General Education vs. Vocational Training: Evidence from an Economy in Transition
This paper examines the relative benefits of general education and vocational training in Romania, a country which experienced major technological and institutional change during its transition from Communism to a market economy. To avoid the bias caused by non-random selection, we exploit a 1973 educational reform that shifted a large proportion of students from vocational training to general education while keeping average years of schooling unchanged. Using data from the 1992 and 2002 Romanian Censuses and household surveys from 1995-2000, we analyze the effect of this policy with a regression discontinuity design. We find that men in cohorts affected by the policy were significantly less likely to work in manual or craft-related occupations than their counterparts who were unaffected by the policy. However, in contrast to cross-sectional findings, we find no difference in labor market participation or earnings between cohorts affected and unaffected by the policy. We therefore conclude that differences in labor market returns between graduates of vocational and general schools are largely driven by selection.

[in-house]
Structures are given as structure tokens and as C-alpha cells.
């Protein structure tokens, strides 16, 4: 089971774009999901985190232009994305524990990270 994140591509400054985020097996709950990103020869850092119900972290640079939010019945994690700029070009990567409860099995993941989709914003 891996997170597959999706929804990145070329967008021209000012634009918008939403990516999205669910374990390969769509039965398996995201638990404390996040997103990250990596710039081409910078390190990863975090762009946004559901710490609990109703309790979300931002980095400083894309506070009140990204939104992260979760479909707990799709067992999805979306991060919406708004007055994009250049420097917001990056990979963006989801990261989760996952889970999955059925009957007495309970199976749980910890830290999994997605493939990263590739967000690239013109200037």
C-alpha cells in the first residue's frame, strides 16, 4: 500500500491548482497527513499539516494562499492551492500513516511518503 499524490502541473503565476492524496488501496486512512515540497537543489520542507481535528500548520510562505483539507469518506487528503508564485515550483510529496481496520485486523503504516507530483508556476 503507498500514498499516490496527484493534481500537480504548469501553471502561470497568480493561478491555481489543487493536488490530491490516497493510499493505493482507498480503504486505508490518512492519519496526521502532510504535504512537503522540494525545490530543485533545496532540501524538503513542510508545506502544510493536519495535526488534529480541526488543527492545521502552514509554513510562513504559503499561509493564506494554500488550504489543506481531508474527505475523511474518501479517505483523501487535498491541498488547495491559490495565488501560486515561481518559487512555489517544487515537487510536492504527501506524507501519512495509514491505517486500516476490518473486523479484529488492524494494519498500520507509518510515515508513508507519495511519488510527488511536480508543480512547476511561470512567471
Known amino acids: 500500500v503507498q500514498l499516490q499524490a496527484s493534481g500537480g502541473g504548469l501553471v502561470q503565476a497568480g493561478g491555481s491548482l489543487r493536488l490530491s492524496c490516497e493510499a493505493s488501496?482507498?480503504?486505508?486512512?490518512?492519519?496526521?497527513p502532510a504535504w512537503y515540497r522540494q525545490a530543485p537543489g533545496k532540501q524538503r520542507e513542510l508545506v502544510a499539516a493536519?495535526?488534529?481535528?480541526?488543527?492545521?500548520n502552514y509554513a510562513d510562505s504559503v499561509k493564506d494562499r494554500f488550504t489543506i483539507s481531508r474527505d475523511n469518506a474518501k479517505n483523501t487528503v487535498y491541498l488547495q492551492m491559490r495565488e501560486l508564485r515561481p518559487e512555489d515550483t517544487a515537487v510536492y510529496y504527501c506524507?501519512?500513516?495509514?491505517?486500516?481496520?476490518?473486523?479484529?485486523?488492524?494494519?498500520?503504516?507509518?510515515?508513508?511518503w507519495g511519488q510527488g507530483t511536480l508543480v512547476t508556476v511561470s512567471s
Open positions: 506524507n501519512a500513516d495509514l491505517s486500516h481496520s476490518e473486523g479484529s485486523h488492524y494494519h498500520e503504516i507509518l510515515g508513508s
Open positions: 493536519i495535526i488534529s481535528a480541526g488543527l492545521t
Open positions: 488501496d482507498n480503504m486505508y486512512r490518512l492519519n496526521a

We wish to thank Daron Acemoglu, Kerwin Charles, Claudia Goldin, Caroline Hoxby, Larry Katz, Marcos Rangel, three anonymous referees, and seminar participants at Columbia, Chicago, Essex, Tel-Aviv, IUPUI, LSE, Michigan, NBER Education Program Meetings, NEUDC, and Yale. Ofer Malamud gratefully acknowledges the financial support of the Spencer Foundation. All errors are our own. The views expressed herein are those of the author(s) and do not necessarily reflect the views of the National Bureau of Economic Research.
General Education vs. Vocational Training: Evidence from an Economy in Transition (with Cristian Pop-Eleches) Data Appendix Review of Economics and Statistics, Vol. 92, No. 1 (2010): 43-60